Time Alone With You, Jacob Collier

Jacob Collier’s, “Time Alone with You”, featuring Daniel Caesar, off of the album Djessie vol. 3, is a fun song that is really just about wanting to spend time with a girl.

The song opens with

If you wanna get sunshine (All night)
Walkin’ on the rooftop (Moonlight)
I’ma go get some
Time alone with you (Ah-ooh)

In this stanza, as well as most of the stanzas in this song, the main lyrics are Daniel Caesar’s lines, and when he sings them, he doesn’t change his voice inflection very much. This gives off the impression of being chill or relaxed, which is the side of himself that he shows to the girl that he’s talking about in this song.

The lines that follow Daniel’s lines, however, have a slightly different meaning.

All you wanna get’s sunshine (All night)
Walkin’ on the rooftop (Moonlight)
We could cut the chit chat (All night)
I dig it when I get that (Moonlight)

These kinds of lines are see all throughout the song, especially in the first and last stanzas. These extra couple of words that follow Daniels are sung by Jacob Collier, in a much higher pitched tone, which sounds very unnatural and crazy. The side that Daniel shows is chill, but inside his head all he wants is this girl.

Finally, near the middle of the song we see these lines:

The most beautiful girl in the whole wide world
And she’s mine, all mine
And I want her to know that my feelings show
I need time
(Gimme time alone with you)

These are sung by both Jacob and Daniel, and this is when Daniel starts to give in to his feelings, and starts to show a less relaxed side of himself, because of how much he wants this girl. This eventually fades, and Daniel goes back to his chill self to end the song.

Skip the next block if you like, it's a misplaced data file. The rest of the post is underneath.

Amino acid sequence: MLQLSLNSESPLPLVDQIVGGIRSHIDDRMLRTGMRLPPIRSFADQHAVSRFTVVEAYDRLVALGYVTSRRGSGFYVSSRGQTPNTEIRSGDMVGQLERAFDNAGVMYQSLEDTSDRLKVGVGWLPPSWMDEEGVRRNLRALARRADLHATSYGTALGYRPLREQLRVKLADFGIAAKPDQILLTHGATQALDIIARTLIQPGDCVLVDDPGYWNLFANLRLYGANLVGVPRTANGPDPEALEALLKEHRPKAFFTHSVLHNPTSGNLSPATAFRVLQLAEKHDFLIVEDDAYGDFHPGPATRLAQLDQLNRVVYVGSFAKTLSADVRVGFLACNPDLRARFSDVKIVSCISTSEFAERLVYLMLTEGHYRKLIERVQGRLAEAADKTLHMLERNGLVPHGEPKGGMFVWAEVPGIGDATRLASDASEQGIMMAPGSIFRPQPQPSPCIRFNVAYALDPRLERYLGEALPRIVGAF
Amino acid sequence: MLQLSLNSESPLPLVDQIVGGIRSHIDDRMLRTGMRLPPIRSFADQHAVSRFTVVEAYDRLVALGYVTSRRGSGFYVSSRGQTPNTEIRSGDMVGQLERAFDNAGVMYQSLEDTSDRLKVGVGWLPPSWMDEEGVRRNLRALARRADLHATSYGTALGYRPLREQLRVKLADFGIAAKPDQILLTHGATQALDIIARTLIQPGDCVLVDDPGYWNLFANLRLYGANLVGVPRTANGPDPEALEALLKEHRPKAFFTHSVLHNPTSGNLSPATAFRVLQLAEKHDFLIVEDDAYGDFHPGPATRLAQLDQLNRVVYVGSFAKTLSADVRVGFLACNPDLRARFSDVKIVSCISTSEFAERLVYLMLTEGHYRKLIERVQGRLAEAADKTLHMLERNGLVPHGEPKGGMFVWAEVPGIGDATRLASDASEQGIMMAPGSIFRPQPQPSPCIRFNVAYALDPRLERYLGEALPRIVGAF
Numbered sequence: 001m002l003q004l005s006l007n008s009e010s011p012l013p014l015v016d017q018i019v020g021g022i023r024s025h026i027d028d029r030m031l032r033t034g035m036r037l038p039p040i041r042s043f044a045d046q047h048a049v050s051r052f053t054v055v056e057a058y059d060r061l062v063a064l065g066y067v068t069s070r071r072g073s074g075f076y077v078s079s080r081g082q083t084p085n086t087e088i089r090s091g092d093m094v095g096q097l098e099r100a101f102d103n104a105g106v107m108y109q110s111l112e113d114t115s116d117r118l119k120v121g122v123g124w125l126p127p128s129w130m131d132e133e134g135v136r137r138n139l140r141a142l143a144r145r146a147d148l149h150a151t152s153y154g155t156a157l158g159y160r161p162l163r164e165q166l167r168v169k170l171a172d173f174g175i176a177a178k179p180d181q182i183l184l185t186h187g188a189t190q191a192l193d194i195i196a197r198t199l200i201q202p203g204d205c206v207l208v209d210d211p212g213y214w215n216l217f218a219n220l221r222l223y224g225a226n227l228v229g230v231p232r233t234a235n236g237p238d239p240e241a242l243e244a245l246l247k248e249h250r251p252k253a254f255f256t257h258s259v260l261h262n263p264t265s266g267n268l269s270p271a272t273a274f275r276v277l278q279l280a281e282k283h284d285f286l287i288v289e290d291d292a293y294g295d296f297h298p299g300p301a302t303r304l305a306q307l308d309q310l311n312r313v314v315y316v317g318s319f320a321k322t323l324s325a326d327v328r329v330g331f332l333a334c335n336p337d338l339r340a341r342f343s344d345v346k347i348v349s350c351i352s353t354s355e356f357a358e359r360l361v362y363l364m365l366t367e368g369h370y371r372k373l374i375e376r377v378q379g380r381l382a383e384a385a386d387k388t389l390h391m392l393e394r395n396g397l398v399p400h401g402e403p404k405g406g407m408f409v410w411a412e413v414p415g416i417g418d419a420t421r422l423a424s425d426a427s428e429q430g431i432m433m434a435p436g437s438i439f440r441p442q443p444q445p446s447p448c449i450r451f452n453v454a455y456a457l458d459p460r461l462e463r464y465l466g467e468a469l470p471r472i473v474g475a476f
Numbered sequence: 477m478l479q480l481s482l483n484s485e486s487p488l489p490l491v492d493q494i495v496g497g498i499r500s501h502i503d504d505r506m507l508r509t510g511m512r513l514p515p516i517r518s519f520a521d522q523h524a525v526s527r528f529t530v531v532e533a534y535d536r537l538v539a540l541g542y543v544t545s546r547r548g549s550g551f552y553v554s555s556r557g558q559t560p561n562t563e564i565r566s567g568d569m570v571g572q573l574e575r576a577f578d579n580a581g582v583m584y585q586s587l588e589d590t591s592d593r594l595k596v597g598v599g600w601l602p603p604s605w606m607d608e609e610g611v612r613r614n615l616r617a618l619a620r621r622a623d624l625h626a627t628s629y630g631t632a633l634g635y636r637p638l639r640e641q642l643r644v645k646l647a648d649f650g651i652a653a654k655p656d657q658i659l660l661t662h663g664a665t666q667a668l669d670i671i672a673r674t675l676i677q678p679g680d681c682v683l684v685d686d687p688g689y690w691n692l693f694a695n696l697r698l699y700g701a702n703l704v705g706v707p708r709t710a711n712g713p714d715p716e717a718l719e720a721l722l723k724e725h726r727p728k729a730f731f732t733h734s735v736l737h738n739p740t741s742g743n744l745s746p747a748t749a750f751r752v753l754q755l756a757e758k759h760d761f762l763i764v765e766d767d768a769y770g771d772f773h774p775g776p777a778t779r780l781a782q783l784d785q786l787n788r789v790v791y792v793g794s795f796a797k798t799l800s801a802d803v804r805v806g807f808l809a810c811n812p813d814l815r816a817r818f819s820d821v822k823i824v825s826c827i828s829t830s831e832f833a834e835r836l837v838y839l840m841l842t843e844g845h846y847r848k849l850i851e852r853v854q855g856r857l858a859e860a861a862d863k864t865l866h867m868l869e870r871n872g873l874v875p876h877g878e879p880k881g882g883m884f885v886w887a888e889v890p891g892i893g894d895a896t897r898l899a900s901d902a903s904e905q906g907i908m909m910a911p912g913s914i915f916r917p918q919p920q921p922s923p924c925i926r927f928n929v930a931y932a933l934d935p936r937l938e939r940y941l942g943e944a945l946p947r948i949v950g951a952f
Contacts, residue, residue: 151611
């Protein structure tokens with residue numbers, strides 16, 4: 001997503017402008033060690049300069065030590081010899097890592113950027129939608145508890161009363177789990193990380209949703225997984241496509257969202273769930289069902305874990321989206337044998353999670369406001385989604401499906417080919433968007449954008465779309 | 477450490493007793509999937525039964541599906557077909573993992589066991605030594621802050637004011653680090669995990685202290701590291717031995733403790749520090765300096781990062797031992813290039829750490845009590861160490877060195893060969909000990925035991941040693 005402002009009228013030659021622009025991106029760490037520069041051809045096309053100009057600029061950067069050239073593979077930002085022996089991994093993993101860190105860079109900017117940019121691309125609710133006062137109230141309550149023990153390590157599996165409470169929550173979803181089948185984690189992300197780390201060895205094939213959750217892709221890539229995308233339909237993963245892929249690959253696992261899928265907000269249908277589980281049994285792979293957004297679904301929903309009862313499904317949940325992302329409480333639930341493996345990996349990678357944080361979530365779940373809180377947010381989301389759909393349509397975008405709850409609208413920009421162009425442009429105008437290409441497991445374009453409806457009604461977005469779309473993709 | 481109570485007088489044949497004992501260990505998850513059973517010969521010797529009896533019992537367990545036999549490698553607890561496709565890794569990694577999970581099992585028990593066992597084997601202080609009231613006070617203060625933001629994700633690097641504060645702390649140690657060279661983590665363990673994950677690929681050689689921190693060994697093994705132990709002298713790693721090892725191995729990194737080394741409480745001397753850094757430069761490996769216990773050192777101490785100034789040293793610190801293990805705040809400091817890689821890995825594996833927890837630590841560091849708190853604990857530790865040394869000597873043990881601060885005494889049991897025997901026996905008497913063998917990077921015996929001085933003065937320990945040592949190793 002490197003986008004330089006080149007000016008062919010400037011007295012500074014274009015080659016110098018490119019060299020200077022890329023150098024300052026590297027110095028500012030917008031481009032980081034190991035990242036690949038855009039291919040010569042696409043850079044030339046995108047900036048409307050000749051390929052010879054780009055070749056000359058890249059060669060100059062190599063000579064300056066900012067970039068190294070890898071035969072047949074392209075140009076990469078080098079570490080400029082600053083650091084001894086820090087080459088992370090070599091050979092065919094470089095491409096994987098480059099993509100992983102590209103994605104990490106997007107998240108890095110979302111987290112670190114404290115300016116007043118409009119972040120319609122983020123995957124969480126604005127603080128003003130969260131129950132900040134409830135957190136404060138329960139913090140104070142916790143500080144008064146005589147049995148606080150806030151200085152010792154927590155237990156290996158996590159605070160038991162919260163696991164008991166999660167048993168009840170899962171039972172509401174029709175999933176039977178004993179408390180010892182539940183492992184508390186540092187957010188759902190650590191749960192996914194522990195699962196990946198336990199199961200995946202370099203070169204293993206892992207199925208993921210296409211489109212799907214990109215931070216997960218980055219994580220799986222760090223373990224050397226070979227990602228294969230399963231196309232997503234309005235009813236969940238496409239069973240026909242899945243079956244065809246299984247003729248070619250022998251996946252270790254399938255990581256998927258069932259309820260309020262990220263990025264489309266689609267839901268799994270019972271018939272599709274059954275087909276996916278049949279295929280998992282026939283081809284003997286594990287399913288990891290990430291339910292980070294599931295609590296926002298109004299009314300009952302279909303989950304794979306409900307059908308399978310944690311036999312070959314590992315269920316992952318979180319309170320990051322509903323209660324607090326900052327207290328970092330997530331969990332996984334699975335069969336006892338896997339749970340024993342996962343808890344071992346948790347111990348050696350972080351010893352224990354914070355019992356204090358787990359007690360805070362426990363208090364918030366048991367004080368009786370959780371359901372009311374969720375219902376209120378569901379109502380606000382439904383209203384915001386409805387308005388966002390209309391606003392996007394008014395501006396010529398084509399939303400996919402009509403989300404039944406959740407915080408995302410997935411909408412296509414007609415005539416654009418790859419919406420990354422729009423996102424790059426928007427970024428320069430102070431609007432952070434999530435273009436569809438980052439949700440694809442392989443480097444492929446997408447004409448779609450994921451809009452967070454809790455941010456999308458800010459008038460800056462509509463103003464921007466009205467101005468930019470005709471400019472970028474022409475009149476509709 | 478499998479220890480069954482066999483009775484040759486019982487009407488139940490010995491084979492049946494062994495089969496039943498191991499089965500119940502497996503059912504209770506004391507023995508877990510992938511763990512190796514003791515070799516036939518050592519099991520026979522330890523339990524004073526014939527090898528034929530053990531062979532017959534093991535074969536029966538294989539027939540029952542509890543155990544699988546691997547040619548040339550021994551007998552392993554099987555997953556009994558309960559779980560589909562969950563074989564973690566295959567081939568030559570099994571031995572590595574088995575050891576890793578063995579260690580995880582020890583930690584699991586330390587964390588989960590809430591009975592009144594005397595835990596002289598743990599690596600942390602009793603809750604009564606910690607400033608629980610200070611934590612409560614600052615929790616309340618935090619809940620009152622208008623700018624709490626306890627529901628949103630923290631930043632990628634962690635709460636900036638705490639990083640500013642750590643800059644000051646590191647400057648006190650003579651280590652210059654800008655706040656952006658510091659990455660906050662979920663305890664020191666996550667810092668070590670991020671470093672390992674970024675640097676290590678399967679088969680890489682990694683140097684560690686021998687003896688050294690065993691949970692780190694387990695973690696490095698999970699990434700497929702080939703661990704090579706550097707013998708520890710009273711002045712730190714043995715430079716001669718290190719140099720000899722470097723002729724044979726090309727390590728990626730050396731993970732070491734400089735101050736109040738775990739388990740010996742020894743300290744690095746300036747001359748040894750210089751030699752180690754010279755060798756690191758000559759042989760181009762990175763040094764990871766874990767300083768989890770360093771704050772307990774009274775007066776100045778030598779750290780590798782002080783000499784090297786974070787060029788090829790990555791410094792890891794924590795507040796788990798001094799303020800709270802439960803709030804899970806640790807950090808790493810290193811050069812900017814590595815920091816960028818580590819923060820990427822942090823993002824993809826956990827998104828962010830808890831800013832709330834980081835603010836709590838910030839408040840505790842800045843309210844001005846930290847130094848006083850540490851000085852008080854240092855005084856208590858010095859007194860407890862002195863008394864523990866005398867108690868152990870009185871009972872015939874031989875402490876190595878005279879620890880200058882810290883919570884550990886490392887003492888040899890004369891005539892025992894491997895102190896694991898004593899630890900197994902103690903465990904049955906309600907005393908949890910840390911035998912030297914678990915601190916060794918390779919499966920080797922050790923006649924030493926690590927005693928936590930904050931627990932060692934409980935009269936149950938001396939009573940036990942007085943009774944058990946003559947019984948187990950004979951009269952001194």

Another Ed Sheeran Song

Ed Sheeran’s song “Eraser” from his Divide album, conveys the experience of a struggling musician. The story explains the difficulties that can come with this career choice like family jealousy, financial problems, and the standard that musicians should be happy because they are following their dreams and it was their choice to be ‘impractical.’ This musician has gone on a journey to get to where he is now and in order to cope with all of the stress that comes with it, he used alcohol and drugs to numb and erase all of the pain away.

In the first verse Sheeran sings,

"And when the world's against me is when I really come alive." 

Sheeran uses hyperbole to explain how the speaker feels under all of the pressure he is feeling. Obviously the whole world is not against him, it is an exaggeration, but this shows how stressful the industry can be. I think that the emotions that occur when life is just not going the way you want it to and bad things keep happening is a relatable experience to many. This hyperbole also shows the strength of alcoholism. Stress can spark a desire to drink drink more which explains why the speaker uses it as a coping mechanism. I think that this can also be a use of personification because the eraser becomes alive when there is more stress. When the speaker becomes overwhelmed those are the best times to use the pain eraser.

Sheeran uses a lot of metaphors to describe his journey,

'To be caught up in the trappings of the industry
Show me the locked doors, I'll find another use for the key
And you'll see" 

Sheeran compares locked doors to the journey he had to overcome to get to where he is now. When he says “I’ll find another use for the key,” he explains all of the different situations in which he had to find a different way to accomplish his end goal. He could not just unlock the door with a key he would have to kick it down or something in order to take steps positively impacting his career.

In the final chorus Sheeran sings,

"And I'll find comfort in my pain eraser